Doctor Mario Molina is a Mexican scientist specialising in atmospheric chemistry. In 1995 he obtained the Nobel Chemistry Prize for his work on the impact of chlorofluorocarbons (CFCs) on the ozone layer. His research led him to warn the international community as early as 1974, in an article published with Professor Sherwood Rowland in the journal Nature, on the dangers of CFCs, and their role in the depletion of the ozone layer. His scientific discoveries and outreach activities of the international community resulted, in 1994, in the signing of the Montreal Protocol which bans the use of CFCs (to be found mainly in aerosols and cooling mediums).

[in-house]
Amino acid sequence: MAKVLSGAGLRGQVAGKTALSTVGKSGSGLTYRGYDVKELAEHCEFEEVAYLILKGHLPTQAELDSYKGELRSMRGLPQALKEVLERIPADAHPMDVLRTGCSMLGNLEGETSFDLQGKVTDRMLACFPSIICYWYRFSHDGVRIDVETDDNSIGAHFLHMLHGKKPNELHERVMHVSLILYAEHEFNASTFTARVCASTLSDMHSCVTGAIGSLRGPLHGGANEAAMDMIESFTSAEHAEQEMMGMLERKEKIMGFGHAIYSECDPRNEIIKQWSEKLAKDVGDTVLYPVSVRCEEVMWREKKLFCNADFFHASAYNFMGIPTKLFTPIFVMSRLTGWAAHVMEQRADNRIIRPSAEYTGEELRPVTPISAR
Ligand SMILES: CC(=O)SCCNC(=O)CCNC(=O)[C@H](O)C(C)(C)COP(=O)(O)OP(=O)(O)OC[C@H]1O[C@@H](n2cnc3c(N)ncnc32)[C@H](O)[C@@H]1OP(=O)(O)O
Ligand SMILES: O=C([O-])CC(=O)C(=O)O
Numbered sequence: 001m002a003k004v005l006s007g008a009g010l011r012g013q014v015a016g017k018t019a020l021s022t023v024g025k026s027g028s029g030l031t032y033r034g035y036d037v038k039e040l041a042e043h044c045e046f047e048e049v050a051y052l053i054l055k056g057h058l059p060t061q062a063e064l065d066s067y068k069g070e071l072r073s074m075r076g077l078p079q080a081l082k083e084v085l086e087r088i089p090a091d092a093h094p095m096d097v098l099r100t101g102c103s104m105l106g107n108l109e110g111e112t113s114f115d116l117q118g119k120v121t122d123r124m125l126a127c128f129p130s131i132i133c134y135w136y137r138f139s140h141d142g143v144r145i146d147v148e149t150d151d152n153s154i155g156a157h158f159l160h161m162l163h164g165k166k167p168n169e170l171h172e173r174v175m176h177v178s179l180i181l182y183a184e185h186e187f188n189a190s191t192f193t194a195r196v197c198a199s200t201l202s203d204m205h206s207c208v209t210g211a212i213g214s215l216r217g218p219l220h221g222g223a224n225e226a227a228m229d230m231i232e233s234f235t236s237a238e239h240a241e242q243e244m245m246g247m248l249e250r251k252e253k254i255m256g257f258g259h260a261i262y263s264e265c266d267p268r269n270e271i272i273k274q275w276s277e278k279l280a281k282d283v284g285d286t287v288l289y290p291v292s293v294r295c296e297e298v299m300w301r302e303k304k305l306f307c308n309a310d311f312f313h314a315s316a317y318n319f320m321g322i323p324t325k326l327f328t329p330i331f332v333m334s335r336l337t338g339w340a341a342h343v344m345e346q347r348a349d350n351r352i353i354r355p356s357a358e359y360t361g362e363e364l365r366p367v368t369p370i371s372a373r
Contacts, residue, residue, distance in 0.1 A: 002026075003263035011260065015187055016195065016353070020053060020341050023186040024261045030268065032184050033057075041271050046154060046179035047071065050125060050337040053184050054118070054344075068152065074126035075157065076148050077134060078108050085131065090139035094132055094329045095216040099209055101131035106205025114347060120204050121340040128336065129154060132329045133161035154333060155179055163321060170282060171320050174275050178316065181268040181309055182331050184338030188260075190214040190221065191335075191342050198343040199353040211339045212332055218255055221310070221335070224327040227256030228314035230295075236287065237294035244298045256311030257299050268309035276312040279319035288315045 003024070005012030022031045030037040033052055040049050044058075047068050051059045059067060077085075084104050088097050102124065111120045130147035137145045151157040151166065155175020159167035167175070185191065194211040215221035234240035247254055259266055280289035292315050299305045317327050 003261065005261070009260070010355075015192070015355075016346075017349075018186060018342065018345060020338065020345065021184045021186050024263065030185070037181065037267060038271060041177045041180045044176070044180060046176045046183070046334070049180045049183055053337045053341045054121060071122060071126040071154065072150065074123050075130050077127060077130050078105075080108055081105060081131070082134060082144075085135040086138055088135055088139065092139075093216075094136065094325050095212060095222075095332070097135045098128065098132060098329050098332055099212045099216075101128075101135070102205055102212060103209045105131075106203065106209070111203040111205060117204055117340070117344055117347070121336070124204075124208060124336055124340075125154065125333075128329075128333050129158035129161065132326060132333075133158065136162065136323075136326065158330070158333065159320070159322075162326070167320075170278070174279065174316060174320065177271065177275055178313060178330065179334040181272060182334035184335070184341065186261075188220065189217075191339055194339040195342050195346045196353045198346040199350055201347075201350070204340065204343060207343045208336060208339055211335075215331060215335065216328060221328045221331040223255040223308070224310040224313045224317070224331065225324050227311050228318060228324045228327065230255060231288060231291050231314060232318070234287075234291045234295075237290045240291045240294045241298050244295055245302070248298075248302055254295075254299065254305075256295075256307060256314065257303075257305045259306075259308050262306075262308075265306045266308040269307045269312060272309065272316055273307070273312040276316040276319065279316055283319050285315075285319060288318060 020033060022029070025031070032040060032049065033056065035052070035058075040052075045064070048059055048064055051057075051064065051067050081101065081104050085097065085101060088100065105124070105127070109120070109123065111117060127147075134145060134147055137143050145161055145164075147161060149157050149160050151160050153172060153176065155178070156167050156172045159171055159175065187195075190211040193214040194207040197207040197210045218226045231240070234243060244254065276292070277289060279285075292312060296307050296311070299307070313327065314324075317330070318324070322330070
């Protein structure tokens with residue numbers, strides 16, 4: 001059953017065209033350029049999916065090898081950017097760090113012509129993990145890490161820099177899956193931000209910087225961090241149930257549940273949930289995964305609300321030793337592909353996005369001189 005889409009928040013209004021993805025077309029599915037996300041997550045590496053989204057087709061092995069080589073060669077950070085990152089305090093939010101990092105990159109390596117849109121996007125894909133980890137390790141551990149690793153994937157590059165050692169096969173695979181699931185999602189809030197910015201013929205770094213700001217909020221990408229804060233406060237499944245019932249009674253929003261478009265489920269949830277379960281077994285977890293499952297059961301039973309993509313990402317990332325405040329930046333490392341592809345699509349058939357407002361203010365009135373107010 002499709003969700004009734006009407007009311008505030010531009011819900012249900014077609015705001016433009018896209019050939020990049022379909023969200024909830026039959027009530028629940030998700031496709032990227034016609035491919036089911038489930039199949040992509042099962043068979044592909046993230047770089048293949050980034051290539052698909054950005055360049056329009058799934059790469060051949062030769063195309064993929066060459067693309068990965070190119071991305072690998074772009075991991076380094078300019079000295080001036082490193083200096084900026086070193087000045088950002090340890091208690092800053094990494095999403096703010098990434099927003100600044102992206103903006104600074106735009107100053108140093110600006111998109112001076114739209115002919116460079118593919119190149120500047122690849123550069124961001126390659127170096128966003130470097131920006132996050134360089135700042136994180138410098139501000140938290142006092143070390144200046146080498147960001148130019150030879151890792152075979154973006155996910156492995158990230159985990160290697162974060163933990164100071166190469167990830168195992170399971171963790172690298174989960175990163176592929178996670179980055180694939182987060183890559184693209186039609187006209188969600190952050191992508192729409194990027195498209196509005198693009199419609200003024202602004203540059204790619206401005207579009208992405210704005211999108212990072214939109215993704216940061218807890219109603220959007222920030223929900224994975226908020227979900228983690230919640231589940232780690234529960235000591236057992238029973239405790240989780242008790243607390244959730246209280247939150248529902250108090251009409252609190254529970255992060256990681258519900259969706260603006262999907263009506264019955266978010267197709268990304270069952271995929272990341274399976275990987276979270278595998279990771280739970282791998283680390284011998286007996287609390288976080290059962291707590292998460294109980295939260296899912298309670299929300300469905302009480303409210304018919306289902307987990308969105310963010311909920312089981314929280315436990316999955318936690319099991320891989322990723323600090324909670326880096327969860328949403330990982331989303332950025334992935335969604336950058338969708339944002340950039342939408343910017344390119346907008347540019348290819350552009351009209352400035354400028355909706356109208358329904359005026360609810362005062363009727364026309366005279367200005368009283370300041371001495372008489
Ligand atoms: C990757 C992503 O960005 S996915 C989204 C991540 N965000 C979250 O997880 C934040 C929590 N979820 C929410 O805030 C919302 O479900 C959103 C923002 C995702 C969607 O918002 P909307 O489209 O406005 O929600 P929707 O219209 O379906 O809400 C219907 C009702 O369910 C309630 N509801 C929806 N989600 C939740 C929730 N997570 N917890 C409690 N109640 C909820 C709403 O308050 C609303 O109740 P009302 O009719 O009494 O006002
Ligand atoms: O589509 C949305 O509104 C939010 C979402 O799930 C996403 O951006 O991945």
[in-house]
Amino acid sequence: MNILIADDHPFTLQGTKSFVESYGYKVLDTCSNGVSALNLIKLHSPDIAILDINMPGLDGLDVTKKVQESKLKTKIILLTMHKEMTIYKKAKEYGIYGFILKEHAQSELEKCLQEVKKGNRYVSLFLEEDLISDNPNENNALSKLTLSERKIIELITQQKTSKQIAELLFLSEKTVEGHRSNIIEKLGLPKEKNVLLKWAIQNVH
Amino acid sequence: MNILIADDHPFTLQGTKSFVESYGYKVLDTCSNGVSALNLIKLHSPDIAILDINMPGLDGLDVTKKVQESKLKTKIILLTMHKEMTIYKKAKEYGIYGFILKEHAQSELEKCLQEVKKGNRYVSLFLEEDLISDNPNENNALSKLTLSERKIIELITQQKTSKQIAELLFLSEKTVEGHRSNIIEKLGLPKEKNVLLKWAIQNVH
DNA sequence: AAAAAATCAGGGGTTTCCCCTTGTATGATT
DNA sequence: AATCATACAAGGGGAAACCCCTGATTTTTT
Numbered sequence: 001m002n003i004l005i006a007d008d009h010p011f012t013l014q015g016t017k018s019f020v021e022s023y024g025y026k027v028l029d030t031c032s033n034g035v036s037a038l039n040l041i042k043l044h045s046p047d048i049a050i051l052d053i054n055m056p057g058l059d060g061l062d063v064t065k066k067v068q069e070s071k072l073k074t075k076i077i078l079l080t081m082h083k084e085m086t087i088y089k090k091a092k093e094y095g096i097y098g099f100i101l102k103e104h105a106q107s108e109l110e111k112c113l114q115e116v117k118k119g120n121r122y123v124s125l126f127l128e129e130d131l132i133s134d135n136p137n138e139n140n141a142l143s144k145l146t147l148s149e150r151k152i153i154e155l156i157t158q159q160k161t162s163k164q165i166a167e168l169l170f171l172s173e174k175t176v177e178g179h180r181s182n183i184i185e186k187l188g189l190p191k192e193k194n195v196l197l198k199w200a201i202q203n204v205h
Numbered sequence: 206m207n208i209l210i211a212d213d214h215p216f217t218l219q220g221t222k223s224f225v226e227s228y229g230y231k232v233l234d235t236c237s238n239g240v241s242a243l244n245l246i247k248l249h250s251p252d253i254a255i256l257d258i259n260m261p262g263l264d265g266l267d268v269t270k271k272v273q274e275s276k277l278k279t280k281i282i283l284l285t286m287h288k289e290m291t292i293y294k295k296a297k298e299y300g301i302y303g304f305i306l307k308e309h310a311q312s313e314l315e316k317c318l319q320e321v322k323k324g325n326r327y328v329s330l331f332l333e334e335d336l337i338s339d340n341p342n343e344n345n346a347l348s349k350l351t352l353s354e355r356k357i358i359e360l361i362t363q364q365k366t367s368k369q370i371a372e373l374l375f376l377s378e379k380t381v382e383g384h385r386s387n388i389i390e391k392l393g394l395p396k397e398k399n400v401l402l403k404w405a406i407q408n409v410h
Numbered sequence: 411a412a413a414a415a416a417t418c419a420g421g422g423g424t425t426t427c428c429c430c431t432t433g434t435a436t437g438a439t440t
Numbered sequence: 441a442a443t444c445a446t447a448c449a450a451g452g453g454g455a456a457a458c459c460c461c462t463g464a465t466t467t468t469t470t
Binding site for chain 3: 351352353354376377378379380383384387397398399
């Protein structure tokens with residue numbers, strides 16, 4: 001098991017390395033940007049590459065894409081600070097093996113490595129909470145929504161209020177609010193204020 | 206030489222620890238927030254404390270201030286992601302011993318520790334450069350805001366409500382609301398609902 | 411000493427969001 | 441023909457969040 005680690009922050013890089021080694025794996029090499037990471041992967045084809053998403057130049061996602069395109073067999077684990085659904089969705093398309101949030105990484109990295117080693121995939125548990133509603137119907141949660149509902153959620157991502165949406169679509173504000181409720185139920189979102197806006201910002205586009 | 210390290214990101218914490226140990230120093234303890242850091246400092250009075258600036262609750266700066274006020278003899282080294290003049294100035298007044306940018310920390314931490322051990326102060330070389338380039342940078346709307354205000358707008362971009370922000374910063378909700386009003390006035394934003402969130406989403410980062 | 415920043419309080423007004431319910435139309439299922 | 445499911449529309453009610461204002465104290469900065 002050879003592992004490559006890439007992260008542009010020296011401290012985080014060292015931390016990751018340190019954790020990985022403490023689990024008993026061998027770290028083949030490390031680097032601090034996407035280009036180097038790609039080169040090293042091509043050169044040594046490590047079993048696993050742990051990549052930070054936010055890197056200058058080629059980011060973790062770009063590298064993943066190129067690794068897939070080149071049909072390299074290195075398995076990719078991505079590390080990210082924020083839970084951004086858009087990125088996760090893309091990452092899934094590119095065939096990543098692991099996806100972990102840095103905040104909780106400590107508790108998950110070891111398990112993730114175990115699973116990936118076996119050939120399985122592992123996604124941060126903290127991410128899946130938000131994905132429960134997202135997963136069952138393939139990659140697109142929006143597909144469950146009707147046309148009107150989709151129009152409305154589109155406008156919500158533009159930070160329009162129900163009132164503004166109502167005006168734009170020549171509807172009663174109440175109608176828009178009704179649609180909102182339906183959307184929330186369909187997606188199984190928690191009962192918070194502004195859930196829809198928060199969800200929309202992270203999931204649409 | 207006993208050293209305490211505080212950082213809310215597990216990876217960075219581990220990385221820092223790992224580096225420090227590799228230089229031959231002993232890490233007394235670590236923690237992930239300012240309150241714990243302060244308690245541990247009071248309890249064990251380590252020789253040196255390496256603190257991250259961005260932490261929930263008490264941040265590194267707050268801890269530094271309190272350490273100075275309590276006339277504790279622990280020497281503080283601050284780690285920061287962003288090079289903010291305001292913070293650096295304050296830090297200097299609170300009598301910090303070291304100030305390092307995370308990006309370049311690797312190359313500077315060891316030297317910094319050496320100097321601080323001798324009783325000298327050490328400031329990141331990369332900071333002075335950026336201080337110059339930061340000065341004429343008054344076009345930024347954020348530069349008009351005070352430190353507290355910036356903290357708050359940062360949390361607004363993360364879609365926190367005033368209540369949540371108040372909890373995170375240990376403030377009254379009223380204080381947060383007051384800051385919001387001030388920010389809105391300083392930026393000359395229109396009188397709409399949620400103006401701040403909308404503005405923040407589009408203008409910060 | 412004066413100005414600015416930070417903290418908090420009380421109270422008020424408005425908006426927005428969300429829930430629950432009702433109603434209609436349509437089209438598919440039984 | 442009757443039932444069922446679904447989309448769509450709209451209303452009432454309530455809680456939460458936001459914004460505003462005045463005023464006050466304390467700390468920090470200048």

A graduate of the faculty of chemistry of the Autonomous University of Mexico, he continued his studies at the University of Fribourg (Germany) and holds a PhD from UC-Berkeley. He taught at the MIT from 1997 to 2004, was a climate advisor for President Obama and sits on a number of scientific committees and environmental organisations in Mexico and the United States. In 2003, he was one of the 32 Nobel Prize winners to sign the Humanist Manifesto. The Mario Molina Centre which he founded in Mexico is a centre for the research and support of public policy in the sectors of the environment and sustainable development.